Sun Kil Moon – Benji
Caldo Verde, 2014
When my daughter was born, I got a month off work. It was great, and more exhausting than work, and for thirty days I worked the night shift while my poor, bedraggled wife slept. From 10 PM to 5 AM I’d hold Rosie while she slept because, naturally, the only way we could get her to sleep for a decent amount of time was to put her on my chest. I liked it. I loaded up my phone with lovely, quiet music and downloaded a couple of great games on the iPad and I settled in for my shift. During this time I must have listened to Benji forty times. The quietly sung songs played on a delicately finger-picked guitar let the baby sleep and let my mind devour the music. I listened to it incessantly, and I’m just now getting around to writing about it because I’m still processing, still uncovering, and still don’t feel like I’m ready to move on from Benji.
I’ve always been a fan of Mark Kozelek’s output, but a casual one. I heard Red House Painters’ Songs for a Blue Guitar in college and very much enjoyed its loveliness. Sun Kil Moon’s Ghosts of the Great Highway was in the background in my later college years and his album of Modest Mouse covers—Tiny Cities—got some play as well. I enjoyed his collaborations with Jimmy LaValle and Desertshore last year, and I think it was those albums that put Kozelek back on my radar and set me up to get totally lost in Benji, which, I should add, is probably the saddest album I’ve ever heard. It’s not depressing (although I’m sure that’s arguable), just deeply sad. But also breathtakingly gorgeous and occasionally laugh out loud funny. It’s a masterfully rendered self-portrait that is so emotionally honest it’s almost painful to experience.
The thing that sticks with me most is that Kozelek has had not one, but two relatives die via exploding aerosol cans in garbage fires. I can’t get over the weirdness of that, and I don’t think Kozelek can either, considering both his deceased cousin and uncle get songs in this album (“Carissa” and “Truck Driver,” respectively). “I Can’t Live Without My Mother’s Love” appears to be tender and sweet upfront until you realize it’s a meditation on not knowing how he’s going to cope when his mother inevitably passes away. “Pray for Newtown” plays like a response to a letter mentioned in the song where a fan asks him to pray for the victims in the tragedy that was Newtown and the song is an exercise in attempting to cope with the most horrific tragedy in modern American history. It just goes on like this, and it’s so incredibly comforting to hear someone bearing everything. All there, right out there for you to share and while I’ve never had a loved one die in a fire caused by an exploding aerosol can, I can relate to all of the underlying fears and anxieties.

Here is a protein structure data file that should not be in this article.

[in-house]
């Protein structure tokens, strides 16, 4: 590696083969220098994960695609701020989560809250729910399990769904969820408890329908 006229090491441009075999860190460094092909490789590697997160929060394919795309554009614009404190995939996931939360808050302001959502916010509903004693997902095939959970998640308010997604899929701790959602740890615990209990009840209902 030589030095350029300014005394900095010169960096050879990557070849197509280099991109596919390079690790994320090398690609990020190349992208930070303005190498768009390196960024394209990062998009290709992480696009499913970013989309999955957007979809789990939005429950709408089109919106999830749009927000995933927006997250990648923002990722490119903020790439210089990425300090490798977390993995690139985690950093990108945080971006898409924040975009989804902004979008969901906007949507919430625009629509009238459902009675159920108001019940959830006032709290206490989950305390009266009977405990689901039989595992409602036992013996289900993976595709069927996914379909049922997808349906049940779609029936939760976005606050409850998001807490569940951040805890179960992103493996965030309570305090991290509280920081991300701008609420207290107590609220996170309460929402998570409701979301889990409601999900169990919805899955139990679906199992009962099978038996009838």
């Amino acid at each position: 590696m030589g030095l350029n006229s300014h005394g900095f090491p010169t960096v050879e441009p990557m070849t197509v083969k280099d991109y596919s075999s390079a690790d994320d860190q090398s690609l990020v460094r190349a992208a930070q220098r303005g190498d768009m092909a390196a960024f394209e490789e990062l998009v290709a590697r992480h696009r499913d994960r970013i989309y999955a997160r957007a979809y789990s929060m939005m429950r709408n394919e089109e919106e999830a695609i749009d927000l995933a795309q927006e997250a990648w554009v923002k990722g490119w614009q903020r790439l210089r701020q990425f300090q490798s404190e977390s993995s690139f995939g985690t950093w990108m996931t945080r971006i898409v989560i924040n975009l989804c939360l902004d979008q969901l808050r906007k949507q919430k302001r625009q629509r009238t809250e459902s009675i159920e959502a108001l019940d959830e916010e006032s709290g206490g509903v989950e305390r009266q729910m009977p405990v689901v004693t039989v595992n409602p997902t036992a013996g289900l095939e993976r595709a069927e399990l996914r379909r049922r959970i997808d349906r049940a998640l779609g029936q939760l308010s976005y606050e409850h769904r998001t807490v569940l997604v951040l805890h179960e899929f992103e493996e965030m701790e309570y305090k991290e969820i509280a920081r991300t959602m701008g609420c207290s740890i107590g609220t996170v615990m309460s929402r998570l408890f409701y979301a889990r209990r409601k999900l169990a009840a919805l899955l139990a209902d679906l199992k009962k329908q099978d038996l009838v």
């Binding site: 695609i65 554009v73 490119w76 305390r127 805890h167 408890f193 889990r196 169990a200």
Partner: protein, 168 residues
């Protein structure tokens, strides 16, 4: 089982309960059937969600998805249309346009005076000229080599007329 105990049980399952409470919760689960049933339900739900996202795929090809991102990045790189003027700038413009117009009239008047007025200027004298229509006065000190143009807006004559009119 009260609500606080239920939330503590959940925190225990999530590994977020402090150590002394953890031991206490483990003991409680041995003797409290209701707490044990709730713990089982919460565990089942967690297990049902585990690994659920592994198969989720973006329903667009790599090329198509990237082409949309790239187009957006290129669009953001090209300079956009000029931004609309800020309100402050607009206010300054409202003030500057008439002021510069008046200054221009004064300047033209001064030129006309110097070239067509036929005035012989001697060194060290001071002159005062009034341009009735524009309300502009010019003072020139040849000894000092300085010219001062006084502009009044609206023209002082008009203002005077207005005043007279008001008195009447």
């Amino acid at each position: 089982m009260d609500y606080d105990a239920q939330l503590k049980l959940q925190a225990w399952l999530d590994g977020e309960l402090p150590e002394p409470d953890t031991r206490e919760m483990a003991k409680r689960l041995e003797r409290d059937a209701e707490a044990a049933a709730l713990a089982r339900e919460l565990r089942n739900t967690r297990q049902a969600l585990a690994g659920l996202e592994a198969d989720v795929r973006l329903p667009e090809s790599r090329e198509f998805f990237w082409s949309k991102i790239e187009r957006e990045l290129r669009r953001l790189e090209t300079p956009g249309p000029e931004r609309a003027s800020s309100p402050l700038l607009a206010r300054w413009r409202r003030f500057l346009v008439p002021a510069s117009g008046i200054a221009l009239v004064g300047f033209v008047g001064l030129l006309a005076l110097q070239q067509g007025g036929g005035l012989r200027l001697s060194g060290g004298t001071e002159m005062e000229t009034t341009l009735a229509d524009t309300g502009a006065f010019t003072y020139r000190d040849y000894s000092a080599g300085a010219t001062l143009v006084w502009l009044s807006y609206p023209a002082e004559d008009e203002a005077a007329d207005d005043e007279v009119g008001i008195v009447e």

Mercifully, Kozelek closes the album with a bit of lightness. “Ben’s My Friend” is a chronicle of attending a Postal Service reunion show. It’s a mundane account of the day and I feel like it’s there to let you know that life goes on. Despite all of the heartbreak of the album’s previous ten songs, you still gotta get up every day, run errands, and try to enjoy your life. The lyrics crack me up every time. Stuff like “Bought a 350 dollar pair of lampshades/ And we at eat Perry’s and I ordered crab cakes” and the refrain of “Sports bar shit” that serves as the second chorus is like a sigh of relief. Sometimes I feel like the only person in my life that really appreciates darkness, so these sad records tend to be very personal experiences. It’s like the record became a part of me and now I carry it around with me. I like that. I think great albums do that to you. You transform a little. You’re a little something more than you were before you heard it. You see things a little differently, things are a little heavier or lighter or fuller. Benji is one of those albums that reminded me why I choose to love music, and I am eternally thankful for its existence.
"Ben's My Friend"